Expression of Mammastatin varied among patients and fluctuated during the course of their treatment. It was consistently observed that Mammastatin levels became undetectable with progression to metastatic disease.
Patients diagnosed with breast cancer had low levels of Mammastatin in serum at the time of diagnosis as compared with levels in normal patient serum. Mammastatin levels generally rose on the hormonal cycling, adjuvant chemotherapy protocol. Levels of Mammastatin fluctuated on this protocol. Mammastatin levels were undetectable in patients with advanced disease, before death. The patient data sorted into four groups, as shown in the table below. I. Group of patients whose serum Mammastatin levels continued to raise during therapy. II. Group of patients whose serum Mammastatin levels increased initially during therapy, but then became undetectable. III. Group of patients whose serum Mammastatin levels rose during therapy, but then fluctuated widely. IV. Group of patients who had low serum Mammastatin levels which became undetectable with therapy.
Summary of Mammastatin Levels in Patient Sera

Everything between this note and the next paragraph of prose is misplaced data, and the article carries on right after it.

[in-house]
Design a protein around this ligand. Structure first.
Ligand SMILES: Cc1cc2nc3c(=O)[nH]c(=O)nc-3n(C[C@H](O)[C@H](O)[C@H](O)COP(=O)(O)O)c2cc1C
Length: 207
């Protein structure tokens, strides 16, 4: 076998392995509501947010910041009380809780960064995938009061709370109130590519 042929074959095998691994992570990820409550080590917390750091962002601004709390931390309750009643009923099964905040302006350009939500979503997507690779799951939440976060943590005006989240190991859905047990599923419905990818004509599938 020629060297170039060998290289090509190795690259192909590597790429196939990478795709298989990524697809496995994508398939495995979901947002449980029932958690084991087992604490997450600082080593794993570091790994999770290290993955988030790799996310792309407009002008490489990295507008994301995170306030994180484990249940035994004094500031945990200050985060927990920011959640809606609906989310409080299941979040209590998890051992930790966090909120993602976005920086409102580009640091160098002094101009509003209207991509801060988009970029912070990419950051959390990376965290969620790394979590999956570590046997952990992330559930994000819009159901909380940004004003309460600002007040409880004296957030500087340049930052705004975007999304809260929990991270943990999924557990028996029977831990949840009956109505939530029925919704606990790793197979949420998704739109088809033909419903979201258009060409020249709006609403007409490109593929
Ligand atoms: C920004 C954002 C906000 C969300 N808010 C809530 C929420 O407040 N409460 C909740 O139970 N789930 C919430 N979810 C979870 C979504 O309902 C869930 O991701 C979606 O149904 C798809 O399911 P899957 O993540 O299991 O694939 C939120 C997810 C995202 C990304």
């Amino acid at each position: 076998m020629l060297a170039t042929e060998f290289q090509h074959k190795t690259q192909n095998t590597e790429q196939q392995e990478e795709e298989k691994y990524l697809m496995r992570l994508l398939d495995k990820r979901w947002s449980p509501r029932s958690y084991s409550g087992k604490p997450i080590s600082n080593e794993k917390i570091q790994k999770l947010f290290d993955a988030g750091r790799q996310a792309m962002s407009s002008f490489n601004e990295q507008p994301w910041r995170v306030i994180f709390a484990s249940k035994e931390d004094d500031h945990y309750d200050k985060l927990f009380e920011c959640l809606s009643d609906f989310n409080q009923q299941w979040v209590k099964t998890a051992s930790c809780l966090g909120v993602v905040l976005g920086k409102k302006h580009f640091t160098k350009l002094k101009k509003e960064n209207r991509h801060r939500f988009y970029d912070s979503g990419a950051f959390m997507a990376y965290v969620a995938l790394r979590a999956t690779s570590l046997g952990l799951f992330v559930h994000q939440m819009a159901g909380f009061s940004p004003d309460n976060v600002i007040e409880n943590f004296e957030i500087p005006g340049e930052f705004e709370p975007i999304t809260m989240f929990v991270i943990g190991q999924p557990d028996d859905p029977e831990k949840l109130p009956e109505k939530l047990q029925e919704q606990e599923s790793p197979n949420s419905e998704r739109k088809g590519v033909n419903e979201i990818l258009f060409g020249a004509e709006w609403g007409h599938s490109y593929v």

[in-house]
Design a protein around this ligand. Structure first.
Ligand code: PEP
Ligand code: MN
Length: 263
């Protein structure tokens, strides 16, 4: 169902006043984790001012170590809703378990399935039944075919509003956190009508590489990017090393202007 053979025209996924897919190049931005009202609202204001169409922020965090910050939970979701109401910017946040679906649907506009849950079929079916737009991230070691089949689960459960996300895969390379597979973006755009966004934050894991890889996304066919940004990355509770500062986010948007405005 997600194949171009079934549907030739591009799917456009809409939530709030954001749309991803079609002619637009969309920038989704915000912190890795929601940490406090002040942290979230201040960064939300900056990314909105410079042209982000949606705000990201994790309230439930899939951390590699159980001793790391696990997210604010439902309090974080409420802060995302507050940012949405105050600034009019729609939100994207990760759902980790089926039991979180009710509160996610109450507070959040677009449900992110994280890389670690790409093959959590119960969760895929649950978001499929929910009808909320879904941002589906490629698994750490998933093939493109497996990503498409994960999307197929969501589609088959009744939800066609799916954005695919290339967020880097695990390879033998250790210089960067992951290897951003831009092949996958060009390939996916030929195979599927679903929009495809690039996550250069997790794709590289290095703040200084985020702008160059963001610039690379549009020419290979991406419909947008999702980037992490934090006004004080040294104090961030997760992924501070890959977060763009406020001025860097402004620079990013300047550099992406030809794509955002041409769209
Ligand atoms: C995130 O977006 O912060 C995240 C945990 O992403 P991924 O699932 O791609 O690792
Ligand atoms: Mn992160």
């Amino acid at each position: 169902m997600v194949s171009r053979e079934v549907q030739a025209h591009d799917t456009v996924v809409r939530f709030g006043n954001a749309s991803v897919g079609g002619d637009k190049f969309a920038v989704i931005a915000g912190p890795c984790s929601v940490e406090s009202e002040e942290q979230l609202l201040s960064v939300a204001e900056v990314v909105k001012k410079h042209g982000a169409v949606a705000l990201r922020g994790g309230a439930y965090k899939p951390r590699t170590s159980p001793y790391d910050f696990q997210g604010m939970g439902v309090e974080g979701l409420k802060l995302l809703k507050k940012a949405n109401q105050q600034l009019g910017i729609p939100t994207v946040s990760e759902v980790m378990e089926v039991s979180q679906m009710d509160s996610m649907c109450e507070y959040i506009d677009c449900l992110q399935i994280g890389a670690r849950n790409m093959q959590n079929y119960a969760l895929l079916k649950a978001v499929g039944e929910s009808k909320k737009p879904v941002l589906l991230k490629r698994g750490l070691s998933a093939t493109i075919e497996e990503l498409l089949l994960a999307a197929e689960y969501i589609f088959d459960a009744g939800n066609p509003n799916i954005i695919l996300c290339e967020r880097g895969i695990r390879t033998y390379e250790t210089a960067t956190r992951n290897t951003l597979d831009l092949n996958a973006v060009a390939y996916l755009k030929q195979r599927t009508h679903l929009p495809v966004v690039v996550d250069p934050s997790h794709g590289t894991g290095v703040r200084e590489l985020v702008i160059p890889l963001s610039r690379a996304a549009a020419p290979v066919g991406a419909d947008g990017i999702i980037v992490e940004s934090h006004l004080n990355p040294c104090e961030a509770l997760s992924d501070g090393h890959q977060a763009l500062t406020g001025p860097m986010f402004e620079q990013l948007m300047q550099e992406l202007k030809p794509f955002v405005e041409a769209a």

TABLE-US-00008  Group Number Days Followed Outcome I. 4 p 280 +/- 100 Remission II. 14 p 500 +/- 220 Deceased III. 10 p 380 +/- 280 Variable IV. 5 p 290 +/- 150 Deceased
In Vivo Efficacy of Mammastatin
CD-1 Nu/Nu homozygate, female, six week old mice (Charles River) were supplemented with Estrogen via slow release pellets, 0.72 mg/pellet, 60 day release of 17-beta estradiol (Innovative Research #SE-121). Estrogen supplemented mice were injected with 3×106 MCF-7 cells 100 μl per injection in 60% matrigel. Two injections were administered, one per flank. After seven days of tumor cell growth, Mammastatin was administered. Test mice received 1, 2, or 5 μg of Mammastatin in production media at 2 day intervals for a period of six weeks. Control mice were injected with BSA, or were not injected with tumor, but with the inhibitor alone.
Tumor size was measured at the point of greatest diameter at weekly intervals and averaged for treatment group. The results are shown in FIGS. 13A-13C, with tumor size plotted as the mean diameter±standard deviation.